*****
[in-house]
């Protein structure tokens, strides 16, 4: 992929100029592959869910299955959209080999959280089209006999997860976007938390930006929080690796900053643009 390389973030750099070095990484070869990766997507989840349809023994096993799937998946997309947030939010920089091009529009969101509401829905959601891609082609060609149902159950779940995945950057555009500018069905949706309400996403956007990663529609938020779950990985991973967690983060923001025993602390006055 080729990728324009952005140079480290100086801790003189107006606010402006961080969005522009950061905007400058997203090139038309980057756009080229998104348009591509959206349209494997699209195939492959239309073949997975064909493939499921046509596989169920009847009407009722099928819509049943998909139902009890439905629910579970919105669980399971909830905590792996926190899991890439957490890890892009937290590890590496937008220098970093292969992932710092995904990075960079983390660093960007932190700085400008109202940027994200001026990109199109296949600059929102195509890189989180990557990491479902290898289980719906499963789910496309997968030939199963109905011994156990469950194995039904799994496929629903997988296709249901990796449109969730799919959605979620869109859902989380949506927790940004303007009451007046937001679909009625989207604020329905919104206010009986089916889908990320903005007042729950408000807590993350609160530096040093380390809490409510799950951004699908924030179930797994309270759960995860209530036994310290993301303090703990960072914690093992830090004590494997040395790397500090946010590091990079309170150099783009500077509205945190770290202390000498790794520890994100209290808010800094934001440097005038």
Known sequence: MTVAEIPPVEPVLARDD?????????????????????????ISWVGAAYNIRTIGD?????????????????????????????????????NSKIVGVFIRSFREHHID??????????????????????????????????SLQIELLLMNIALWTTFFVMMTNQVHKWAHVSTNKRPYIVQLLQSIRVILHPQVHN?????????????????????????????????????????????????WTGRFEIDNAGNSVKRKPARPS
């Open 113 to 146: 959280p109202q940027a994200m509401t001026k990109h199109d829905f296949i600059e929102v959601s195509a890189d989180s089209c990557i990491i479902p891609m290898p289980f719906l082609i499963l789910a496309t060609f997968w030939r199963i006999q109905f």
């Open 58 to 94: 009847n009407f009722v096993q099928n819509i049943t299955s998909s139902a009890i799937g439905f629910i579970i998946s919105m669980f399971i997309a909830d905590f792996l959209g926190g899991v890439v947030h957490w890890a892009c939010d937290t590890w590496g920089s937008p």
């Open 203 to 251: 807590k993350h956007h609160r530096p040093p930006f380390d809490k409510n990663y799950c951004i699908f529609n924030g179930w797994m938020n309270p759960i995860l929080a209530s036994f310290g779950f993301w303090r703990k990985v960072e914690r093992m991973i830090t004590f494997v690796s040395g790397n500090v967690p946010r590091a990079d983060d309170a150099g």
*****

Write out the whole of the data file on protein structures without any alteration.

[in-house]
């Protein structure tokens, strides 16, 4: 992929100029592959869910299955959209080999959280089209006999997860976007938390930006929080690796900053643009 390389973030750099070095990484070869990766997507989840349809023994096993799937998946997309947030939010920089091009529009969101509401829905959601891609082609060609149902159950779940995945950057555009500018069905949706309400996403956007990663529609938020779950990985991973967690983060923001025993602390006055 080729990728324009952005140079480290100086801790003189107006606010402006961080969005522009950061905007400058997203090139038309980057756009080229998104348009591509959206349209494997699209195939492959239309073949997975064909493939499921046509596989169920009847009407009722099928819509049943998909139902009890439905629910579970919105669980399971909830905590792996926190899991890439957490890890892009937290590890590496937008220098970093292969992932710092995904990075960079983390660093960007932190700085400008109202940027994200001026990109199109296949600059929102195509890189989180990557990491479902290898289980719906499963789910496309997968030939199963109905011994156990469950194995039904799994496929629903997988296709249901990796449109969730799919959605979620869109859902989380949506927790940004303007009451007046937001679909009625989207604020329905919104206010009986089916889908990320903005007042729950408000807590993350609160530096040093380390809490409510799950951004699908924030179930797994309270759960995860209530036994310290993301303090703990960072914690093992830090004590494997040395790397500090946010590091990079309170150099783009500077509205945190770290202390000498790794520890994100209290808010800094934001440097005038």
Known sequence: MTVAEIPPVEPVLARDD?????????????????????????ISWVGAAYNIRTIGD?????????????????????????????????????NSKIVGVFIRSFREHHID??????????????????????????????????SLQIELLLMNIALWTTFFVMMTNQVHKWAHVSTNKRPYIVQLLQSIRVILHPQVHN?????????????????????????????????????????????????WTGRFEIDNAGNSVKRKPARPS
């Open 113 to 146: 959280p109202q940027a994200m509401t001026k990109h199109d829905f296949i600059e929102v959601s195509a890189d989180s089209c990557i990491i479902p891609m290898p289980f719906l082609i499963l789910a496309t060609f997968w030939r199963i006999q109905f």
């Open 58 to 94: 009847n009407f009722v096993q099928n819509i049943t299955s998909s139902a009890i799937g439905f629910i579970i998946s919105m669980f399971i997309a909830d905590f792996l959209g926190g899991v890439v947030h957490w890890a892009c939010d937290t590890w590496g920089s937008p």
């Open 203 to 251: 807590k993350h956007h609160r530096p040093p930006f380390d809490k409510n990663y799950c951004i699908f529609n924030g179930w797994m938020n309270p759960i995860l929080a209530s036994f310290g779950f993301w303090r703990k990985v960072e914690r093992m991973i830090t004590f494997v690796s040395g790397n500090v967690p946010r590091a990079d983060d309170a150099g």